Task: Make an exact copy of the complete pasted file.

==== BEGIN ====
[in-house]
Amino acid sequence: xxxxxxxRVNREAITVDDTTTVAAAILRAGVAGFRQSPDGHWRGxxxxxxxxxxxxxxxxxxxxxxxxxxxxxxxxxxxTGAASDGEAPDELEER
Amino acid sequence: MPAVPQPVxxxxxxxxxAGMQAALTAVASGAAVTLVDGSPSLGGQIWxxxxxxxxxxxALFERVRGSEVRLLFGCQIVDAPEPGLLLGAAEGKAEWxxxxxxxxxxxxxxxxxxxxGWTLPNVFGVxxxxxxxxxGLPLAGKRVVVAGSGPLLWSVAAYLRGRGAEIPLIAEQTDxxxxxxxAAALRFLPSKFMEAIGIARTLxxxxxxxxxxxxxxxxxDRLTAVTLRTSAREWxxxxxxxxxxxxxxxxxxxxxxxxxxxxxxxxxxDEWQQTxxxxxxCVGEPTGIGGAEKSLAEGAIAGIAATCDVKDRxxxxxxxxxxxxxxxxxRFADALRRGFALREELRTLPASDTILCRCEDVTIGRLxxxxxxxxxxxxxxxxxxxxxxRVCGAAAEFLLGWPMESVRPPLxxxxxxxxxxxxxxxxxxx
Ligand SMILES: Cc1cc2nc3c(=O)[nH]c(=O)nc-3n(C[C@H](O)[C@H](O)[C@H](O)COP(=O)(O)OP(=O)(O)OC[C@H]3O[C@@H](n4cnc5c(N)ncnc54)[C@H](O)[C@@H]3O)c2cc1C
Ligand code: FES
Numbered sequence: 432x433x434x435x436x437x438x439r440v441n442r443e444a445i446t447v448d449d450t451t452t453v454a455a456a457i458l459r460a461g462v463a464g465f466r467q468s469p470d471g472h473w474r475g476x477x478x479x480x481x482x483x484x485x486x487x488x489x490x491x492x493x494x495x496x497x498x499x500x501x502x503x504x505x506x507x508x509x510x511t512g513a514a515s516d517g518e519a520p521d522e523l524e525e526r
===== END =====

[in-house]
Amino acid sequence: xxxxxxxRVNREAITVDDTTTVAAAILRAGVAGFRQSPDGHWRGxxxxxxxxxxxxxxxxxxxxxxxxxxxxxxxxxxxTGAASDGEAPDELEER
Amino acid sequence: MPAVPQPVxxxxxxxxxAGMQAALTAVASGAAVTLVDGSPSLGGQIWxxxxxxxxxxxALFERVRGSEVRLLFGCQIVDAPEPGLLLGAAEGKAEWxxxxxxxxxxxxxxxxxxxxGWTLPNVFGVxxxxxxxxxGLPLAGKRVVVAGSGPLLWSVAAYLRGRGAEIPLIAEQTDxxxxxxxAAALRFLPSKFMEAIGIARTLxxxxxxxxxxxxxxxxxDRLTAVTLRTSAREWxxxxxxxxxxxxxxxxxxxxxxxxxxxxxxxxxxDEWQQTxxxxxxCVGEPTGIGGAEKSLAEGAIAGIAATCDVKDRxxxxxxxxxxxxxxxxxRFADALRRGFALREELRTLPASDTILCRCEDVTIGRLxxxxxxxxxxxxxxxxxxxxxxRVCGAAAEFLLGWPMESVRPPLxxxxxxxxxxxxxxxxxxx
Ligand SMILES: Cc1cc2nc3c(=O)[nH]c(=O)nc-3n(C[C@H](O)[C@H](O)[C@H](O)COP(=O)(O)OP(=O)(O)OC[C@H]3O[C@@H](n4cnc5c(N)ncnc54)[C@H](O)[C@@H]3O)c2cc1C
Ligand code: FES
Numbered sequence: 432x433x434x435x436x437x438x439r440v441n442r443e444a445i446t447v448d449d450t451t452t453v454a455a456a457i458l459r460a461g462v463a464g465f466r467q468s469p470d471g472h473w474r475g476x477x478x479x480x481x482x483x484x485x486x487x488x489x490x491x492x493x494x495x496x497x498x499x500x501x502x503x504x505x506x507x508x509x510x511t512g513a514a515s516d517g518e519a520p521d522e523l524e525e526r